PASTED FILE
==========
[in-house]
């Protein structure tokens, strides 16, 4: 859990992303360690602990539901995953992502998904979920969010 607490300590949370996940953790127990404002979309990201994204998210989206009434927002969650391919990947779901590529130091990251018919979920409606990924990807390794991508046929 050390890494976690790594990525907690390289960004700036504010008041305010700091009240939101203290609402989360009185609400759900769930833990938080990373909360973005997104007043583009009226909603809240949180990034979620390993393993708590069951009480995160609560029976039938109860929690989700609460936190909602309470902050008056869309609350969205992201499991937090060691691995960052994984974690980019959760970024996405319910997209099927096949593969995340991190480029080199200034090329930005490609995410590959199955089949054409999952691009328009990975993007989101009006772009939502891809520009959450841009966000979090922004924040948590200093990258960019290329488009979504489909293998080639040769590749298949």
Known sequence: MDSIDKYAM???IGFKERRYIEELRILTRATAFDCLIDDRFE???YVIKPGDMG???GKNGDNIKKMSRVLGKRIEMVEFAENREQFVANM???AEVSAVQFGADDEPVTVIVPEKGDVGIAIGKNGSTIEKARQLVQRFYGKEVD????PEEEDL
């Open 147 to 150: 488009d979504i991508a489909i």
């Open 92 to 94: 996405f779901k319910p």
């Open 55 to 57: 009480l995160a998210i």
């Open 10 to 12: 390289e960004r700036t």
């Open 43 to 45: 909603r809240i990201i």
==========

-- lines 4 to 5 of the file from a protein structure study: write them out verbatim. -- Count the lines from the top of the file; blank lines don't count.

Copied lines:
């Open 147 to 150: 488009d979504i991508a489909i």
């Open 92 to 94: 996405f779901k319910p």